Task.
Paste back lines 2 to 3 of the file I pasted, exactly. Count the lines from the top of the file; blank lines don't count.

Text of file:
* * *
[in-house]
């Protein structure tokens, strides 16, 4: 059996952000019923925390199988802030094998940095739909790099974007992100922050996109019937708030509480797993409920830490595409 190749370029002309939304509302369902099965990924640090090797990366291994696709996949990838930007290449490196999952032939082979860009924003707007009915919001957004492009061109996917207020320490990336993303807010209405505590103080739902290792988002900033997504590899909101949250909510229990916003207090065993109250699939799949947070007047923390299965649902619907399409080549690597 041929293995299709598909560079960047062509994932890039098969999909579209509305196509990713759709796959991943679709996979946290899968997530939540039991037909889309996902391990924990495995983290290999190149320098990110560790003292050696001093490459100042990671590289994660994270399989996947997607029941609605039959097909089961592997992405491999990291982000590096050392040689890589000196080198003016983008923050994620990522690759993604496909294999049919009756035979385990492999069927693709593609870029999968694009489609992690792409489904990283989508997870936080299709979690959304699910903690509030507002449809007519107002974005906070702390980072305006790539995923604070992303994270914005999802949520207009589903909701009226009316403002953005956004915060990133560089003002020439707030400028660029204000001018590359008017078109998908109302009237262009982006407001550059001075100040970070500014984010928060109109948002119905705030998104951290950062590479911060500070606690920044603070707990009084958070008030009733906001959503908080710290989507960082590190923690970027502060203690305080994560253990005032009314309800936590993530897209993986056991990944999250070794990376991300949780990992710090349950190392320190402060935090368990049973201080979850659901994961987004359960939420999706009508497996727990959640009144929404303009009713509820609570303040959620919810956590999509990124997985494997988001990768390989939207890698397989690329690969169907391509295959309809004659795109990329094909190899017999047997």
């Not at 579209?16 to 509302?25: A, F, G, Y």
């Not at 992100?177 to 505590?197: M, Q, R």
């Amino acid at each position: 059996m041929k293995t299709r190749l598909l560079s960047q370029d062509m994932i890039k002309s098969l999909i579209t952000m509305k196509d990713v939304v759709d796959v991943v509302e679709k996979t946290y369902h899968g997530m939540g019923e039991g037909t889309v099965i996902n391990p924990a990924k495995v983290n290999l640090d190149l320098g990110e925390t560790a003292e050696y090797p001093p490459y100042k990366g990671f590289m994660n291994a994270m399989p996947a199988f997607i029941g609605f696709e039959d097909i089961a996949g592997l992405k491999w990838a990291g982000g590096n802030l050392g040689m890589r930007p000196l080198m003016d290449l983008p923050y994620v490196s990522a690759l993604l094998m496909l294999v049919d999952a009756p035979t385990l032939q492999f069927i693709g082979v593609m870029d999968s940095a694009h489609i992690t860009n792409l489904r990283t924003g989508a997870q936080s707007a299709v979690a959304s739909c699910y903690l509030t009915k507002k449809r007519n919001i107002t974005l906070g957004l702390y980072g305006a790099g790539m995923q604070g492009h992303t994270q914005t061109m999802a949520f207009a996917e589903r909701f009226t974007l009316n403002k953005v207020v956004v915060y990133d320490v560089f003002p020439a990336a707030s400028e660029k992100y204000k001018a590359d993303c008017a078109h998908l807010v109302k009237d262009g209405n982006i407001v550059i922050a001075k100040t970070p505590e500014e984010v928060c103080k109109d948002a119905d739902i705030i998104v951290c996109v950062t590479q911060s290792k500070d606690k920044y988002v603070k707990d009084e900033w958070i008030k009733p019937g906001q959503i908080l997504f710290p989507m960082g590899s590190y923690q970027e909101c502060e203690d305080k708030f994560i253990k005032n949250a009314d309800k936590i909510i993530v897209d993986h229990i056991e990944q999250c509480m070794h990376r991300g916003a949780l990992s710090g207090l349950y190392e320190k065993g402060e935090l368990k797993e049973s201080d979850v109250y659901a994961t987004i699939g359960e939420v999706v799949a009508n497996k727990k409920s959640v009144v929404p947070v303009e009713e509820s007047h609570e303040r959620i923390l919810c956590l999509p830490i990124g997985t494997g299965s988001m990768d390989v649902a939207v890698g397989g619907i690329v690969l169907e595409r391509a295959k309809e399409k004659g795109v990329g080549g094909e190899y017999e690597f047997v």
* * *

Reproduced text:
């Protein structure tokens, strides 16, 4: 059996952000019923925390199988802030094998940095739909790099974007992100922050996109019937708030509480797993409920830490595409 190749370029002309939304509302369902099965990924640090090797990366291994696709996949990838930007290449490196999952032939082979860009924003707007009915919001957004492009061109996917207020320490990336993303807010209405505590103080739902290792988002900033997504590899909101949250909510229990916003207090065993109250699939799949947070007047923390299965649902619907399409080549690597 041929293995299709598909560079960047062509994932890039098969999909579209509305196509990713759709796959991943679709996979946290899968997530939540039991037909889309996902391990924990495995983290290999190149320098990110560790003292050696001093490459100042990671590289994660994270399989996947997607029941609605039959097909089961592997992405491999990291982000590096050392040689890589000196080198003016983008923050994620990522690759993604496909294999049919009756035979385990492999069927693709593609870029999968694009489609992690792409489904990283989508997870936080299709979690959304699910903690509030507002449809007519107002974005906070702390980072305006790539995923604070992303994270914005999802949520207009589903909701009226009316403002953005956004915060990133560089003002020439707030400028660029204000001018590359008017078109998908109302009237262009982006407001550059001075100040970070500014984010928060109109948002119905705030998104951290950062590479911060500070606690920044603070707990009084958070008030009733906001959503908080710290989507960082590190923690970027502060203690305080994560253990005032009314309800936590993530897209993986056991990944999250070794990376991300949780990992710090349950190392320190402060935090368990049973201080979850659901994961987004359960939420999706009508497996727990959640009144929404303009009713509820609570303040959620919810956590999509990124997985494997988001990768390989939207890698397989690329690969169907391509295959309809004659795109990329094909190899017999047997």
């Not at 579209?16 to 509302?25: A, F, G, Y």